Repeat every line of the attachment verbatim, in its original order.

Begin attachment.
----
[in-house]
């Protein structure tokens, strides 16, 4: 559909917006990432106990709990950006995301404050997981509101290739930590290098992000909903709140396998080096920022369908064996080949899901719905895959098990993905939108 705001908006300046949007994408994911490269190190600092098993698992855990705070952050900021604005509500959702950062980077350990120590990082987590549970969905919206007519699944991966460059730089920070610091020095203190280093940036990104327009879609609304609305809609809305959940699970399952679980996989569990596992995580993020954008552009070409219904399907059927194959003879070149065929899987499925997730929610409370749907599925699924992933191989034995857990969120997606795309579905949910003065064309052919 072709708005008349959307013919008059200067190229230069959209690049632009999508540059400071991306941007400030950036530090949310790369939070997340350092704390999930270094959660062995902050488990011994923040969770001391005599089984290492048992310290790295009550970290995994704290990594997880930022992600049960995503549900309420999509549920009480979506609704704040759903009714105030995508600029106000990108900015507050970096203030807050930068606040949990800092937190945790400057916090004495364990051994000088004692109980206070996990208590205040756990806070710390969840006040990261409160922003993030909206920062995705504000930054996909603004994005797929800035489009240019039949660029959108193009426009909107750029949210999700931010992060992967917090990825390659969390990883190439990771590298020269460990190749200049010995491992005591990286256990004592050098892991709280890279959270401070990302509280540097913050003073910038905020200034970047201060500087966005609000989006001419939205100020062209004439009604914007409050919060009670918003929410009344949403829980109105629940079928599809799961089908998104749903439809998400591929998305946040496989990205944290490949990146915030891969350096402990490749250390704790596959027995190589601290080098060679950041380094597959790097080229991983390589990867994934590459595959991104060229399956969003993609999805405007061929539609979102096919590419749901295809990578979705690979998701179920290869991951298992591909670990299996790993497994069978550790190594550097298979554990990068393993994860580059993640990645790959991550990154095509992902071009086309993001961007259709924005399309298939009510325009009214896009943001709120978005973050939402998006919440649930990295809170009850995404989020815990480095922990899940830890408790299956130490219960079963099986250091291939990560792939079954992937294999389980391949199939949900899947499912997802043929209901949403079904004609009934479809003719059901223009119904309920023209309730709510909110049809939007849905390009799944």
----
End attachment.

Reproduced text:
[in-house]
């Protein structure tokens, strides 16, 4: 559909917006990432106990709990950006995301404050997981509101290739930590290098992000909903709140396998080096920022369908064996080949899901719905895959098990993905939108 705001908006300046949007994408994911490269190190600092098993698992855990705070952050900021604005509500959702950062980077350990120590990082987590549970969905919206007519699944991966460059730089920070610091020095203190280093940036990104327009879609609304609305809609809305959940699970399952679980996989569990596992995580993020954008552009070409219904399907059927194959003879070149065929899987499925997730929610409370749907599925699924992933191989034995857990969120997606795309579905949910003065064309052919 072709708005008349959307013919008059200067190229230069959209690049632009999508540059400071991306941007400030950036530090949310790369939070997340350092704390999930270094959660062995902050488990011994923040969770001391005599089984290492048992310290790295009550970290995994704290990594997880930022992600049960995503549900309420999509549920009480979506609704704040759903009714105030995508600029106000990108900015507050970096203030807050930068606040949990800092937190945790400057916090004495364990051994000088004692109980206070996990208590205040756990806070710390969840006040990261409160922003993030909206920062995705504000930054996909603004994005797929800035489009240019039949660029959108193009426009909107750029949210999700931010992060992967917090990825390659969390990883190439990771590298020269460990190749200049010995491992005591990286256990004592050098892991709280890279959270401070990302509280540097913050003073910038905020200034970047201060500087966005609000989006001419939205100020062209004439009604914007409050919060009670918003929410009344949403829980109105629940079928599809799961089908998104749903439809998400591929998305946040496989990205944290490949990146915030891969350096402990490749250390704790596959027995190589601290080098060679950041380094597959790097080229991983390589990867994934590459595959991104060229399956969003993609999805405007061929539609979102096919590419749901295809990578979705690979998701179920290869991951298992591909670990299996790993497994069978550790190594550097298979554990990068393993994860580059993640990645790959991550990154095509992902071009086309993001961007259709924005399309298939009510325009009214896009943001709120978005973050939402998006919440649930990295809170009850995404989020815990480095922990899940830890408790299956130490219960079963099986250091291939990560792939079954992937294999389980391949199939949900899947499912997802043929209901949403079904004609009934479809003719059901223009119904309920023209309730709510909110049809939007849905390009799944």